South Park and Kanye West have a long history, but the latest trailer for South Park: The Fractured But Whole takes things to a new level: mocking West’s late mother, Donda West
The trailer recalls an episode from the show’s 13th season in 2009. In the episode, “Fishsticks,” West is painted as a gay fish who heads off to sea to live the life he’s always wanted. In the new trailer for The Fractured But Whole, West returns in his fish form and unites with Seaman in an attempt to get his mother into heaven.
Donda West rides a unicorn through a blue sky, trying to reach the golden gates of heaven, similarly to how she is portrayed in Kanye West’s own game, Only One. This isn’t the first time that South Park creators Matt Stone and Trey Parker have poked fun at Only One. At E3 2016, the same convention at which West debuted a trailer for Only One, Parker and Stone took time during an appearance at Ubisoft’s press briefing to mock West’s game.
The difference between Parker and Stone’s concept for their own take on West’s game and the scene from today’s trailer is the depiction of Donda West. In the trailer, West’s mother is portrayed as a black fish with large red lips, accentuated eyelashes and gold earrings. The imagery evokes racist stereotypes that have a long, sordid history in America, most notably in minstrel performers wearing blackface.
An infamous example of this stereotype in a game’s art is the original Pokémon Blue, Red and Yellow games. Jynx, a bipedal, humanoid Pokémon, is known for her purple skin, but it wasn’t always purple. In official artwork that Nintendo released in 1996, Jynx had a black face, long blond hair and big lips — a racially insensitive stereotype associated with black women. It wasn’t until a special episode of the popular Pokémon anime aired in December 1999, “Holiday Hi-Jynx,” that the stereotypical design was called out. Scholar Carole B. Weatherford penned an essay in 2000 titled “Politically Incorrect Pokémon” that explored the racist designs.
“The character Jynx, Pokémon #124, has decidedly human features: jet-black skin, huge pink lips, gaping eyes, a straight blonde mane and a full figure, complete with cleavage and wiggly hips,” Weatherford wrote. “Put another way, Jynx resembles an overweight drag queen incarnation of Little Black Sambo, a racist stereotype from a children’s book long ago purged from libraries.”
It wasn’t until the international release of Pokémon Gold and Silver that Game Freak, the developer behind the Pokémon games, decided to revise Jynx’s skin, going from black to purple.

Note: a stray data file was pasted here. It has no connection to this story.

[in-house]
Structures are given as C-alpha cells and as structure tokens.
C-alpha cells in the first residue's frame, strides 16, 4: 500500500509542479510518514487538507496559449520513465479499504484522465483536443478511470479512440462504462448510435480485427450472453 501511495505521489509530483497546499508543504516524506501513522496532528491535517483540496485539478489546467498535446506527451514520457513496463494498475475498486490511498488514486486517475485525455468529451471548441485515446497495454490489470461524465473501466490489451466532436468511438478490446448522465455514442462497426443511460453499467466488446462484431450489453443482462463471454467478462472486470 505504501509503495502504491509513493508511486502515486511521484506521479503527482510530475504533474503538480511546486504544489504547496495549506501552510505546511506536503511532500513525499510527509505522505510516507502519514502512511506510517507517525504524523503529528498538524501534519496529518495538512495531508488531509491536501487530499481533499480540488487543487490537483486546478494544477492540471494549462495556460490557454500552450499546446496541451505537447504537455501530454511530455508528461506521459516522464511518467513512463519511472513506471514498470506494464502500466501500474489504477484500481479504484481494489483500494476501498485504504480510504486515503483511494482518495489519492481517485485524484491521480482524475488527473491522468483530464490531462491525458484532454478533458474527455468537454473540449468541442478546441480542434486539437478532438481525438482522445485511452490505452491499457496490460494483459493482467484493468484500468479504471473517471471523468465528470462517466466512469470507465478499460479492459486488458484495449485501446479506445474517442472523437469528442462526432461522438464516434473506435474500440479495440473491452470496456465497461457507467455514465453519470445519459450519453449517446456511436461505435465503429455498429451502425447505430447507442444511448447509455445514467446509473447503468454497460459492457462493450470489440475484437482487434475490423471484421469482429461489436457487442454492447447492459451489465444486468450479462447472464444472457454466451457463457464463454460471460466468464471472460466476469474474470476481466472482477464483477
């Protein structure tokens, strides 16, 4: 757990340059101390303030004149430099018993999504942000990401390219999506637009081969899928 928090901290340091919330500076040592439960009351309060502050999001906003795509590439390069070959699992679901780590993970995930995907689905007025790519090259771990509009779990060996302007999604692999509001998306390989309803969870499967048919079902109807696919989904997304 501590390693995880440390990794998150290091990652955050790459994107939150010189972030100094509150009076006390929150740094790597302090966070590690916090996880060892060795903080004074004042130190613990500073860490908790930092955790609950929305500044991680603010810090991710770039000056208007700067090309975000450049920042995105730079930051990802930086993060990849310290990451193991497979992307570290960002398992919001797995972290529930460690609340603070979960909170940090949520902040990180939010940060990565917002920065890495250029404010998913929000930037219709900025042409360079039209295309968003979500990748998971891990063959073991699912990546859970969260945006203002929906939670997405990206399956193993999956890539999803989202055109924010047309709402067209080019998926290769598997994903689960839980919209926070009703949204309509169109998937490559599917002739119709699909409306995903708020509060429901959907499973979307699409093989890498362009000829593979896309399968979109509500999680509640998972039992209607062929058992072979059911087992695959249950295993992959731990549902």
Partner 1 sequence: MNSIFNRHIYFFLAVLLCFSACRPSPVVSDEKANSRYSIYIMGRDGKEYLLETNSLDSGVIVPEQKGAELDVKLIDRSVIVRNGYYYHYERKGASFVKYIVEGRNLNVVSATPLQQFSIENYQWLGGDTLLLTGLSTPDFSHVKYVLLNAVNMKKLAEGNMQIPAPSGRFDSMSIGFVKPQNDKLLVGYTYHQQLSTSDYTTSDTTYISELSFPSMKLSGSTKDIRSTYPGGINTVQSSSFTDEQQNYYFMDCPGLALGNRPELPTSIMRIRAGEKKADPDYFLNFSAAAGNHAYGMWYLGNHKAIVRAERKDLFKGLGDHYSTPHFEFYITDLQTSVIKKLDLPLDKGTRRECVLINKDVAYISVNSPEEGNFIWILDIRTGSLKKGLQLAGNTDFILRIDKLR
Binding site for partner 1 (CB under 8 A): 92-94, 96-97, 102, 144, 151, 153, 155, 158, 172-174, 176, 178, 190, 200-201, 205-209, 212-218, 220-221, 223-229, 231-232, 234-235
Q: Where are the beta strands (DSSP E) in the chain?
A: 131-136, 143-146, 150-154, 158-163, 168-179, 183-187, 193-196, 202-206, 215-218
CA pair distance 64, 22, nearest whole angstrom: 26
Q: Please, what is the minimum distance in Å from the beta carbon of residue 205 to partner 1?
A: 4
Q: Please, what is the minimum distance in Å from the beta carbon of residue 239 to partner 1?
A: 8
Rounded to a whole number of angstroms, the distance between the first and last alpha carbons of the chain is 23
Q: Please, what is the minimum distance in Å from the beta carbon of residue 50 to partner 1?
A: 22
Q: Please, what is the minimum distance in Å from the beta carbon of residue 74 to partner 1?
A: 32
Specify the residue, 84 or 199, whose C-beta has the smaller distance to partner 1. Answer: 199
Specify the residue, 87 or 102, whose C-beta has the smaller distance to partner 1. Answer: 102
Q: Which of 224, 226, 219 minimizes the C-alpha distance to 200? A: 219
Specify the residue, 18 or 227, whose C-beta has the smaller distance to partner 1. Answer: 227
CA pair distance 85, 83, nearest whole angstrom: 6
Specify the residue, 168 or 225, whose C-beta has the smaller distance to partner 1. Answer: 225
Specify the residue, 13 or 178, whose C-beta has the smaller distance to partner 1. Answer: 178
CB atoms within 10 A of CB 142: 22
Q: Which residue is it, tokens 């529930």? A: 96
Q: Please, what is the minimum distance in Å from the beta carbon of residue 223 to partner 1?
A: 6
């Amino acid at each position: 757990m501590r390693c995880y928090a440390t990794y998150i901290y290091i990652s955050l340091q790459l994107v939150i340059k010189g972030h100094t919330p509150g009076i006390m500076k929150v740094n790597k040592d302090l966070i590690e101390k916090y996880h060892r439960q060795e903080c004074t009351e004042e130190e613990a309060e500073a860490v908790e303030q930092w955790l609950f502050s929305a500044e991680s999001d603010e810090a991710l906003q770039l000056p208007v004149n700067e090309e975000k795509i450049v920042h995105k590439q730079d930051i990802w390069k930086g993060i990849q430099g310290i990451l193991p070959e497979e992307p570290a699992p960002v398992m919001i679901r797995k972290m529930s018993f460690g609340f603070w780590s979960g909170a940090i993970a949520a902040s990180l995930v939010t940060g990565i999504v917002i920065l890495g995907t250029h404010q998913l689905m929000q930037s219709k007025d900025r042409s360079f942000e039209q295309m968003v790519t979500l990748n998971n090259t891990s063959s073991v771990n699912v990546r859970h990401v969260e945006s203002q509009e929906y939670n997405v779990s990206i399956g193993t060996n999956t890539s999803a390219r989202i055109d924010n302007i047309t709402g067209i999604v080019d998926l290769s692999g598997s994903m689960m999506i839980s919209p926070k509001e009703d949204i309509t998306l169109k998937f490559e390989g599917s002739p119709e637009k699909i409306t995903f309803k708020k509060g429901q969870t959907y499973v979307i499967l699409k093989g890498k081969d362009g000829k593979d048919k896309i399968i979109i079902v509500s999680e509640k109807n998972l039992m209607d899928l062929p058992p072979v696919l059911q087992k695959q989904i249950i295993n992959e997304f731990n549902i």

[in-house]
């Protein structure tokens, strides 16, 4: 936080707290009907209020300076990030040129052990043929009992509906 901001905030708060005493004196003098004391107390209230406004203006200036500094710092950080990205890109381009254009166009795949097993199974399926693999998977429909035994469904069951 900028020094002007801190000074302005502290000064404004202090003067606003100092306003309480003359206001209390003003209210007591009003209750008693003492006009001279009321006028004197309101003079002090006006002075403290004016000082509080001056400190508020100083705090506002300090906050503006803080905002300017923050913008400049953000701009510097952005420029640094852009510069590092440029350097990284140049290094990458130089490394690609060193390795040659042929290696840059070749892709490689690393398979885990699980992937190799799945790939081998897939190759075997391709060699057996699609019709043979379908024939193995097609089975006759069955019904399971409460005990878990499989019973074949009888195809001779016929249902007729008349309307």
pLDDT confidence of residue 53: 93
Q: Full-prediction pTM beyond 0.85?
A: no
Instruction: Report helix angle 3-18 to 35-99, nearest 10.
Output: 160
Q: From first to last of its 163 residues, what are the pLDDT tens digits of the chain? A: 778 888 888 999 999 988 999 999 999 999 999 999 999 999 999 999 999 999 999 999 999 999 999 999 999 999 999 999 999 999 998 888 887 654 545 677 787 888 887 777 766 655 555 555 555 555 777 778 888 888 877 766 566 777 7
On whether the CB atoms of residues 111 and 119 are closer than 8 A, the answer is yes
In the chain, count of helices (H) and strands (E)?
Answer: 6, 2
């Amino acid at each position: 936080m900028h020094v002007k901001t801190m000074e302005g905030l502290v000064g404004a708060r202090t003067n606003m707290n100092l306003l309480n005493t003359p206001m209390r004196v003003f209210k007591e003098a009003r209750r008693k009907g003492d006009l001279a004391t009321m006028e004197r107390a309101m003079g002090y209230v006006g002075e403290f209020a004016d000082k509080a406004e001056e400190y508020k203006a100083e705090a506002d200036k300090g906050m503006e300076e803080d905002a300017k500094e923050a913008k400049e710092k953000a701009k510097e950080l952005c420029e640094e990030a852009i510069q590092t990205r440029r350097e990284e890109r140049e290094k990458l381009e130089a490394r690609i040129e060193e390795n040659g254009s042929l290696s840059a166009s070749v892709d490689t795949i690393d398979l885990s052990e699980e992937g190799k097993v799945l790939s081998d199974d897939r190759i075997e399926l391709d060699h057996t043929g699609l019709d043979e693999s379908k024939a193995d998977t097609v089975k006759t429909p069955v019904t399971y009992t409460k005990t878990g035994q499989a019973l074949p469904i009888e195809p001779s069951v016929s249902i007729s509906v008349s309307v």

The accentuated eyelashes and gold earrings West’s mother is given in The Fractured But Whole trailer are part of another stereotype that black writers and activists have called out for being racially insensitive. In an article for NPR, Eric Deggans put the spotlight on Cookie from Fox’s Empire to address a concern with how the character is depicted.
“For some, Cookie is the embodiment of all the stereotypes black women face on TV,” Deggans wrote. “Dressed flamboyantly with floor-length furs, color-coded nails and eyelashes big as manhole covers, she’s quick to anger and ready to throw down at a moment’s notice.”
The depiction of West’s mother puts a spotlight on all of these stereotypes — and turns her portrayal into part of the joke.
Parker and Stone are no strangers to controversy; the South Park creators have built an entire empire on it. In 2006, after an infamous episode about Tom Cruise and Scientology resulted in Chef voice actor Isaac Hayes quitting, Parker and Stone issued a dismissive, joking response about the situation. It wasn’t until 2011 that the duo admitted they didn’t take any pride in their edgy show running afoul.
“When someone goes, ‘Oh, this group is really pissed off at what you said,’ there’s not a piece of my body that goes, ‘Sweet!’,” Parker told The Hollywood Reporter. “That means I did it wrong. I’m just trying to make people laugh.”
That hasn’t stopped Parker and Stone from taking on celebrities like West, who’s a constant target for South Park. Even the video in the above tweet ends with Parker and Stone laughing at West’s original comments about Only One when he announced it during a fashion show in February 2016.
Considering the timing of Parker and Stone’s onstage joke about West’s game, which had its premiere four months before E3, it’s no surprise that a scene like this appears in South Park: The Fractured But Whole. The issue is not with mocking West’s trailer for Only One — which also received the wrath of countless other writers — but the one-step-too-far-joke that paints West’s late mother as nothing more than a stereotype to laugh at.
Polygon has reached out to Ubisoft for comment on the trailer.
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